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Assessing the adaptive capacity of multi-level water governance : ecosystem services under climate change in Mälardalen region, Sweden

Nykvist, Björn; Borgström, Sara and Boyd, Emily LU (2017) In Regional Environmental Change 17(8). p.2359-2371
Abstract

Adaptive and multi-level governance is often called for in order to improve the management of complex issues such as the provision of natural resources and ecosystem services. In this case study, we analyse the contemporary multi-level governance system that manages water resources and its ecosystem services in a fresh water lake in Sweden. We assess the relative importance and barriers of three commonly highlighted components of adaptive governance: “feeding ecological knowledge into the governance system”, “use of ecological knowledge to continuously adapt the governance system”, and “self-organisation by flexible institutions acting across multiple levels”. Findings reveal that the trickiest aspect of adaptive governance capacity to... (More)

Adaptive and multi-level governance is often called for in order to improve the management of complex issues such as the provision of natural resources and ecosystem services. In this case study, we analyse the contemporary multi-level governance system that manages water resources and its ecosystem services in a fresh water lake in Sweden. We assess the relative importance and barriers of three commonly highlighted components of adaptive governance: “feeding ecological knowledge into the governance system”, “use of ecological knowledge to continuously adapt the governance system”, and “self-organisation by flexible institutions acting across multiple levels”. Findings reveal that the trickiest aspect of adaptive governance capacity to institutionalise is the iterative nature of feedbacks and learning over time, and that barriers to the spread of knowledge on social-ecological complexity through the governance systems are partly political, partly complexity itself, and partly a more easily resolved lack of coordination. We call for caution in trusting crisis management to build more long-lasting adaptive capacity, and we conclude that a process of institutionalising adaptive capacity is inherently contingent on political process putting issues on the agenda.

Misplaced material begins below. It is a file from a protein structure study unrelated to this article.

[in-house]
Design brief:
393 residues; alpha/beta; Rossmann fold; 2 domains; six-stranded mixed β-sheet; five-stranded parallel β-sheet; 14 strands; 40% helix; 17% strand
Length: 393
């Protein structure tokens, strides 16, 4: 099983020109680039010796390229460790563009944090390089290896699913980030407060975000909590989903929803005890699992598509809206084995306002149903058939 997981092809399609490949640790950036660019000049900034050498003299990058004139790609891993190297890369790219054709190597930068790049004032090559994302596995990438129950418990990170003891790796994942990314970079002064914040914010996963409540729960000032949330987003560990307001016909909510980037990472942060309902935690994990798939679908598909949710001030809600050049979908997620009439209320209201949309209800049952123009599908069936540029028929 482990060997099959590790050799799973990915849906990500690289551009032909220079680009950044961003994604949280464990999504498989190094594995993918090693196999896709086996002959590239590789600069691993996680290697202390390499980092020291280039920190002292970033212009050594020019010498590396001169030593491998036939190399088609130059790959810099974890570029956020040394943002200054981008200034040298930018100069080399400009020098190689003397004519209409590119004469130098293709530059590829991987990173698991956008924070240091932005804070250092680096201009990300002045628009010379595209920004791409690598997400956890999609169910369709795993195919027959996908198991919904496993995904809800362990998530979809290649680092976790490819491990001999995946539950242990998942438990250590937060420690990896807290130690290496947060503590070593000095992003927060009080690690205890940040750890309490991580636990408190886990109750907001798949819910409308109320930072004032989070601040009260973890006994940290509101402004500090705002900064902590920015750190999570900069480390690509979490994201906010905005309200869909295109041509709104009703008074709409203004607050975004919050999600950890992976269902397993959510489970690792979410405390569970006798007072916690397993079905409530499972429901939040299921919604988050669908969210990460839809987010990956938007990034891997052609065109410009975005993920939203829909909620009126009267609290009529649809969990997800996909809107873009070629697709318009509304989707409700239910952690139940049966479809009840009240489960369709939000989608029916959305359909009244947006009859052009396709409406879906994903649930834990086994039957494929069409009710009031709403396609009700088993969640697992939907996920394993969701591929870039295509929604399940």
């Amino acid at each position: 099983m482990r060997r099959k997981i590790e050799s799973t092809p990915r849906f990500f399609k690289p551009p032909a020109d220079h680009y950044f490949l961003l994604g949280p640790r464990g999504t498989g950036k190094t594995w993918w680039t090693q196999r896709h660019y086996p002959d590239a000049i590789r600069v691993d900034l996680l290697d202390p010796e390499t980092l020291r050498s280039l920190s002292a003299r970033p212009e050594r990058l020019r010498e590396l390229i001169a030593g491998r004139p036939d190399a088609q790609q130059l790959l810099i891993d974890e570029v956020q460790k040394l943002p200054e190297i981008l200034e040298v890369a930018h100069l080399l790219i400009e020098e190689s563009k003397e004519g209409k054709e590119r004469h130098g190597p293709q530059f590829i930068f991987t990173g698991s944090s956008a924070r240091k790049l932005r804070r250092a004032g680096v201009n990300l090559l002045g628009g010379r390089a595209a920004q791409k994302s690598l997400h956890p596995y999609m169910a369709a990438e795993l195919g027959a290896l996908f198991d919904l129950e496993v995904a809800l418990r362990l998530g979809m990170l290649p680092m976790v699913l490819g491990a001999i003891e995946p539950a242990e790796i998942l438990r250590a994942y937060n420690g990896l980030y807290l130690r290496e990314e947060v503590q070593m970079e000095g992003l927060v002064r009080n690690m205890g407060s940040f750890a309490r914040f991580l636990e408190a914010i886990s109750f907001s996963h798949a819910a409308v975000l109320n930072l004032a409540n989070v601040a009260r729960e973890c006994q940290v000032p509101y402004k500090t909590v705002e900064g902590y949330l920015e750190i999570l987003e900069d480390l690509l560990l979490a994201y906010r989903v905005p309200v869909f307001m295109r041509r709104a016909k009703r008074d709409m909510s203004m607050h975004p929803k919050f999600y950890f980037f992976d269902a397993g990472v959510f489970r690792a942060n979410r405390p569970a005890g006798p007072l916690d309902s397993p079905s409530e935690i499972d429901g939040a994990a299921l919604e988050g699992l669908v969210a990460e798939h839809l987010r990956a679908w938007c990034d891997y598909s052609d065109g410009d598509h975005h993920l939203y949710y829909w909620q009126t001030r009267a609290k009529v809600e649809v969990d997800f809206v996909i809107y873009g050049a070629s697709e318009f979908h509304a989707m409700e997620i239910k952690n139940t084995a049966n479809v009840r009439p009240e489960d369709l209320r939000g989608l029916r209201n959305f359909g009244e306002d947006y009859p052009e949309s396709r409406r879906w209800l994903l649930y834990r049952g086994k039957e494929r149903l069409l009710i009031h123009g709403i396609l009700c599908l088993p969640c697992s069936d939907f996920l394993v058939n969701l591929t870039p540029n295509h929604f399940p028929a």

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author
organization
publishing date
type
Contribution to journal
publication status
published
subject
keywords
Adaptive capacity, Ecological knowledge, Ecosystem services, Management, Multi-level governance, Watershed
in
Regional Environmental Change
volume
17
issue
8
pages
2359 - 2371
publisher
Springer
external identifiers
  • scopus:85019192116
  • wos:000415136200015
ISSN
1436-3798
DOI
10.1007/s10113-017-1149-x
language
English
LU publication?
yes
id
47c7f317-5f40-4a26-9b24-e83c9500318c
date added to LUP
2017-05-30 07:47:03
date last changed
2018-02-18 22:50:57
@article{47c7f317-5f40-4a26-9b24-e83c9500318c,
  abstract     = {<p>Adaptive and multi-level governance is often called for in order to improve the management of complex issues such as the provision of natural resources and ecosystem services. In this case study, we analyse the contemporary multi-level governance system that manages water resources and its ecosystem services in a fresh water lake in Sweden. We assess the relative importance and barriers of three commonly highlighted components of adaptive governance: “feeding ecological knowledge into the governance system”, “use of ecological knowledge to continuously adapt the governance system”, and “self-organisation by flexible institutions acting across multiple levels”. Findings reveal that the trickiest aspect of adaptive governance capacity to institutionalise is the iterative nature of feedbacks and learning over time, and that barriers to the spread of knowledge on social-ecological complexity through the governance systems are partly political, partly complexity itself, and partly a more easily resolved lack of coordination. We call for caution in trusting crisis management to build more long-lasting adaptive capacity, and we conclude that a process of institutionalising adaptive capacity is inherently contingent on political process putting issues on the agenda.</p>},
  author       = {Nykvist, Björn and Borgström, Sara and Boyd, Emily},
  issn         = {1436-3798},
  keyword      = {Adaptive capacity,Ecological knowledge,Ecosystem services,Management,Multi-level governance,Watershed},
  language     = {eng},
  number       = {8},
  pages        = {2359--2371},
  publisher    = {Springer},
  series       = {Regional Environmental Change},
  title        = {Assessing the adaptive capacity of multi-level water governance : ecosystem services under climate change in Mälardalen region, Sweden},
  url          = {http://dx.doi.org/10.1007/s10113-017-1149-x},
  volume       = {17},
  year         = {2017},
}